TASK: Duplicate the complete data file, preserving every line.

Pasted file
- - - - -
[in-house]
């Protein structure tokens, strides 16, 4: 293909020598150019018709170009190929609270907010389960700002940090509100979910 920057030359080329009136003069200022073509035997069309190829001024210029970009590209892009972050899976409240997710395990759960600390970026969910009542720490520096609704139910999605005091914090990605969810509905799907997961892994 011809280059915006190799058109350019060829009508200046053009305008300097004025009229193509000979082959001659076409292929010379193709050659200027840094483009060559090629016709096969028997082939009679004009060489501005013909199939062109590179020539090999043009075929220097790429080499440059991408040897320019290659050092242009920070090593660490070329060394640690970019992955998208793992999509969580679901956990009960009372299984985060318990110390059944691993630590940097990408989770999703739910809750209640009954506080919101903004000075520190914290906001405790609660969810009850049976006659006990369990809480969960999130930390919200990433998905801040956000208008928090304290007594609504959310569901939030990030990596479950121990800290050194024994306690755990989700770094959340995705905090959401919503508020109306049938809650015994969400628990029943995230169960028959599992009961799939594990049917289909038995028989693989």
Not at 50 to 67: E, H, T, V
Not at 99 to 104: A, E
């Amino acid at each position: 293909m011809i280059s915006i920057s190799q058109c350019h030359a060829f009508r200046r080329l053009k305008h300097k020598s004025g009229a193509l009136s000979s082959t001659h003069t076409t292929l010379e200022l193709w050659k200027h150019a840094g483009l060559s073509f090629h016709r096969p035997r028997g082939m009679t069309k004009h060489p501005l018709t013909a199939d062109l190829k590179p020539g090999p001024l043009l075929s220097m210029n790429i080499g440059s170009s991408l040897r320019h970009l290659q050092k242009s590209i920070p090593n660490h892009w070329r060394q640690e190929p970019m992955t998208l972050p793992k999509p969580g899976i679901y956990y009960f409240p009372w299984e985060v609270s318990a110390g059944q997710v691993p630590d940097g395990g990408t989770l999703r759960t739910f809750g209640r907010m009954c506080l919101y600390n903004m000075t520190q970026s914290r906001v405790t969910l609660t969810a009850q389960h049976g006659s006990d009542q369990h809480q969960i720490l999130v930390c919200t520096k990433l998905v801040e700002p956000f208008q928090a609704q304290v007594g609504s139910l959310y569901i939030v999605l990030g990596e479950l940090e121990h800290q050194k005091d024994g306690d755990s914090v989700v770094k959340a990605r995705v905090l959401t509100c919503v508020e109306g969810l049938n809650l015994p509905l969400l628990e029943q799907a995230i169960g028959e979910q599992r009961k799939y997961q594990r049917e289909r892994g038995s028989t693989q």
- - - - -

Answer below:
[in-house]
């Protein structure tokens, strides 16, 4: 293909020598150019018709170009190929609270907010389960700002940090509100979910 920057030359080329009136003069200022073509035997069309190829001024210029970009590209892009972050899976409240997710395990759960600390970026969910009542720490520096609704139910999605005091914090990605969810509905799907997961892994 011809280059915006190799058109350019060829009508200046053009305008300097004025009229193509000979082959001659076409292929010379193709050659200027840094483009060559090629016709096969028997082939009679004009060489501005013909199939062109590179020539090999043009075929220097790429080499440059991408040897320019290659050092242009920070090593660490070329060394640690970019992955998208793992999509969580679901956990009960009372299984985060318990110390059944691993630590940097990408989770999703739910809750209640009954506080919101903004000075520190914290906001405790609660969810009850049976006659006990369990809480969960999130930390919200990433998905801040956000208008928090304290007594609504959310569901939030990030990596479950121990800290050194024994306690755990989700770094959340995705905090959401919503508020109306049938809650015994969400628990029943995230169960028959599992009961799939594990049917289909038995028989693989």
Not at 50 to 67: E, H, T, V
Not at 99 to 104: A, E
């Amino acid at each position: 293909m011809i280059s915006i920057s190799q058109c350019h030359a060829f009508r200046r080329l053009k305008h300097k020598s004025g009229a193509l009136s000979s082959t001659h003069t076409t292929l010379e200022l193709w050659k200027h150019a840094g483009l060559s073509f090629h016709r096969p035997r028997g082939m009679t069309k004009h060489p501005l018709t013909a199939d062109l190829k590179p020539g090999p001024l043009l075929s220097m210029n790429i080499g440059s170009s991408l040897r320019h970009l290659q050092k242009s590209i920070p090593n660490h892009w070329r060394q640690e190929p970019m992955t998208l972050p793992k999509p969580g899976i679901y956990y009960f409240p009372w299984e985060v609270s318990a110390g059944q997710v691993p630590d940097g395990g990408t989770l999703r759960t739910f809750g209640r907010m009954c506080l919101y600390n903004m000075t520190q970026s914290r906001v405790t969910l609660t969810a009850q389960h049976g006659s006990d009542q369990h809480q969960i720490l999130v930390c919200t520096k990433l998905v801040e700002p956000f208008q928090a609704q304290v007594g609504s139910l959310y569901i939030v999605l990030g990596e479950l940090e121990h800290q050194k005091d024994g306690d755990s914090v989700v770094k959340a990605r995705v905090l959401t509100c919503v508020e109306g969810l049938n809650l015994p509905l969400l628990e029943q799907a995230i169960g028959e979910q599992r009961k799939y997961q594990r049917e289909r892994g038995s028989t693989q």